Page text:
Whenever I’m having brunch in Bumble café in Los Altos, California, I always feel like I have left home for, well, a different house. Bumble is part restaurant, part playroom and an all-around fantastic place to unwind, eat and put your feet while your kids frolic in the indoor playroom, which also comes with an outdoor terrace area. The cottage that houses Bumble has quite a lineage: a hundred years ago, it was the house of town librarian; it was subsequently turned into a children’s bookstore and most recently an antique shop. “It had just one small bathroom without a proper kitchen of any type, therefore turning it into a restaurant which met ADA requirements was quite a challenge,” states Mary Heffernan, owner and founder of Bumble.
I believe the Identical hospitable embrace at Seesaw in San Francisco. The light, airy and distinctly Nordic-inspired place holds courses, storytimes and family-oriented support groups. “Our distance makes it apparent that Seesaw is for kids and grownups alike,” says Sabrina Gabel, child psychologist and co-owner of Seesaw. “What makes it warm and social is its small size, the light wood floors and natural light. You’re forced to rub elbows with different households. Children start playing with other kids they have just met parents start setting up playdates.”
Gabel and Heffernan share their tips on how to make your home’s shared spaces feel just as cozy as theirs without sacrificing functionality and aesthetic appeal.
1. Grownup taste can appeal to kids. “I wanted Bumble’s insides to reflect what we are: a refuge where adults could relax and a place where kids feel welcome,” says Heffernan. Interior designer Christian Brennan helped Heffernan refine her gray, yellow, white, and black colour palette, which reflects — you guessed it — a bumblebee theme.
Scared of incorporating gray to your property? Interior designer Martha O’Hara says gray does not have to imply austere. “When used correctly, cool tones such as gray and silver can be inviting and comfortable,” she explains. Add a modern splash of yellow for a living room that is a fun take on traditional and friendly to young and old alike.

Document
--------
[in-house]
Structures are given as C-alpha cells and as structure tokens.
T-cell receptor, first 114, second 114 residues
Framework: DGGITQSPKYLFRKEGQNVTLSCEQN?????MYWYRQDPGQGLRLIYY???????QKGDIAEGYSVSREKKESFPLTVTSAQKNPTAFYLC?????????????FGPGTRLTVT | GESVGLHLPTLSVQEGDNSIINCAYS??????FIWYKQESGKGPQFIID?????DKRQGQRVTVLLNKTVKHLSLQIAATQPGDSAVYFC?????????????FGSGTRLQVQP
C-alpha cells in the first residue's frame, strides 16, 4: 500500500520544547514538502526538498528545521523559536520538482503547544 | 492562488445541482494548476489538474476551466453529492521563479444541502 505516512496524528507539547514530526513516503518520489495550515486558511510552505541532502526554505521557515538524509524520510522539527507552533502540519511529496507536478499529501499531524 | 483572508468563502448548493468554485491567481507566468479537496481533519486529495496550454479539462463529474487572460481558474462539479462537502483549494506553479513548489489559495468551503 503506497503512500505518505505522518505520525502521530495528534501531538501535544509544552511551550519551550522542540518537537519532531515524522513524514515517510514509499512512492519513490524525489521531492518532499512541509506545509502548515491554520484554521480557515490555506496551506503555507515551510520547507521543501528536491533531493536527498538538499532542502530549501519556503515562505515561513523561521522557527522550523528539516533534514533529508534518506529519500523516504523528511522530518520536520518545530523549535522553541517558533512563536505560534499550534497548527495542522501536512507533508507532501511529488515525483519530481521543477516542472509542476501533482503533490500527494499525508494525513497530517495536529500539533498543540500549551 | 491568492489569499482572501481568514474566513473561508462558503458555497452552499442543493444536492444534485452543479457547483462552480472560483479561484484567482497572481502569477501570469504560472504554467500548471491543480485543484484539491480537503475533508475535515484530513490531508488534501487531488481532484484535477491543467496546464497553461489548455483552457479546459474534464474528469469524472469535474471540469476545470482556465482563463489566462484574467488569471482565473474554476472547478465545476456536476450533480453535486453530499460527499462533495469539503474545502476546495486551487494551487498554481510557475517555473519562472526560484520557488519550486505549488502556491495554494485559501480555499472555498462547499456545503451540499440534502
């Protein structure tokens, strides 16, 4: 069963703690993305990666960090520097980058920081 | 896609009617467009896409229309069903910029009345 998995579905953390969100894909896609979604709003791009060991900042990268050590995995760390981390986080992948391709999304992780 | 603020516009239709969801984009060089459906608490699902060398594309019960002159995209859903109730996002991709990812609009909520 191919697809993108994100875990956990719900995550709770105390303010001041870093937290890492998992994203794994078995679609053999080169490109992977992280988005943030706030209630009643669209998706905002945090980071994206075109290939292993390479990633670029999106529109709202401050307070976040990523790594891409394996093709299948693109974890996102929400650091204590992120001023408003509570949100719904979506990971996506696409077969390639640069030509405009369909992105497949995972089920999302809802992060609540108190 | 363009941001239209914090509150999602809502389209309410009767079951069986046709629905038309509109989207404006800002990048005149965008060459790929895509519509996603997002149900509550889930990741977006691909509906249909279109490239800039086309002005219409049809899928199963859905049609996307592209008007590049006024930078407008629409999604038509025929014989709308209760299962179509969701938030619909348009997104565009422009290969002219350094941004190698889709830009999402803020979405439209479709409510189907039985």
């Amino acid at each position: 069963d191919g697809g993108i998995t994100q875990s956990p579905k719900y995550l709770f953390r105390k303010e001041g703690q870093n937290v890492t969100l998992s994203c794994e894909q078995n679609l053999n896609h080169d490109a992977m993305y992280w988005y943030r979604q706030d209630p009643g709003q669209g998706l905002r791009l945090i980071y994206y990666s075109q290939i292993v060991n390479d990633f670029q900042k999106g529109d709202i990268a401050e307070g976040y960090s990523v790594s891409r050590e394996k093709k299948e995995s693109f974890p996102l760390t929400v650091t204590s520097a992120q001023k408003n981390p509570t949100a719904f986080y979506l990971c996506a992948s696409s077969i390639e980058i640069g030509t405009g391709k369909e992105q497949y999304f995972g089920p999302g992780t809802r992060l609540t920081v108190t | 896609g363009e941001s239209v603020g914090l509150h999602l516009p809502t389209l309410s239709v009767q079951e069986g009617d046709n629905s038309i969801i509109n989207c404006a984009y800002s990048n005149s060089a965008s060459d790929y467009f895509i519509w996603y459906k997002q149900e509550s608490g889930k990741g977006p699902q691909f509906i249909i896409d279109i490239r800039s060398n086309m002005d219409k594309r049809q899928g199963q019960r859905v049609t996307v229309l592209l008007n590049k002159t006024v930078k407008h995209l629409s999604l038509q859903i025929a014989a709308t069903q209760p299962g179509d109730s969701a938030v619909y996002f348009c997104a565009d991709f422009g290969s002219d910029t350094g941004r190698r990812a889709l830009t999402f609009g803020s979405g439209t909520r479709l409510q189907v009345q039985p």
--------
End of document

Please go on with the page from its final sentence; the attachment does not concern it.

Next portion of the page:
Bumble, situated in a rustic cottage, welcomes families of all ages to relax over dinner or afternoon tea while the kids play in the playroom, much like how families collect and play in your home. “I really like the authentic texture and homey environment of the place,” says Heffernan. “We’ve managed to run a commercial area without sacrificing the coziness of being inside someone’s house.”
2. Go for designs. “Obviously, our décor needs to be easy and playful, but past that we actually stuck with classic, lasting design — especially Danish design,” states Seesaw’s Gabel.
3. Showcase just things that you love. “We have just one shelf for items for sale, and all these items are items which we love or we utilize at home or in Seesaw. We display things which are usually handmade and easy but are very pleasing to the eye for both adults and children,” says Gabel.
4. Pay attention to sources. Pictured here on Seesaw’s community table are PH 5 lamps, which are ubiquitous in Denmark and chosen by Gabel to improve the sense of closeness and community. Gabel states, “Seesaw has very substantial ceilings, and recessed and track lighting from such a height could throw a lot of hard shadows below, making things feel a bit gloomy. The PH 5 lamps move nicely with the community table”
5. Embrace the outdoors. Bumble’s exterior evokes the feeling of being in a lodge. “We’ve got amazing redwoods on the property. We’ve got one growing right out of the patio, so we needed to embrace the natural components in our design,” says Heffernan. Large umbrellas most tables on the patio protect little shoulders and noses out of sunlight.
6. Keep the kids entertained within sight. Among Bumble’s appealing features is the playroom, which is separated from the dining area by a large aquarium. “Our bright and sunny children’s room is open for kids to play and also to participate with our creative staff, all while parents relax and eat in the main dining area,” says Heffernan.
7. Maintain the flow. “Our architect indicated the barn doorway, and I’m so pleased with it since there’s a wonderful exchange between the main area and the classroom. Whenever there’s a course, instructors or therapists may just slide the door closed. We never want the room to feel like an enclosed clinic or office — it is modeled after a cozy apartment, where household members move in and out of various rooms,” says Gabel.
8. Display the area’s character. The original floors of Bumble were patched together and made of soft wood. “We sanded down the floor to the last sand — we will not be able to do it — we stained it a shade of gray to coincide with our gray and yellow motif. I really like that we kept the original floors because though they show their wear and tear, they add a lot of character,” says Heffernan.
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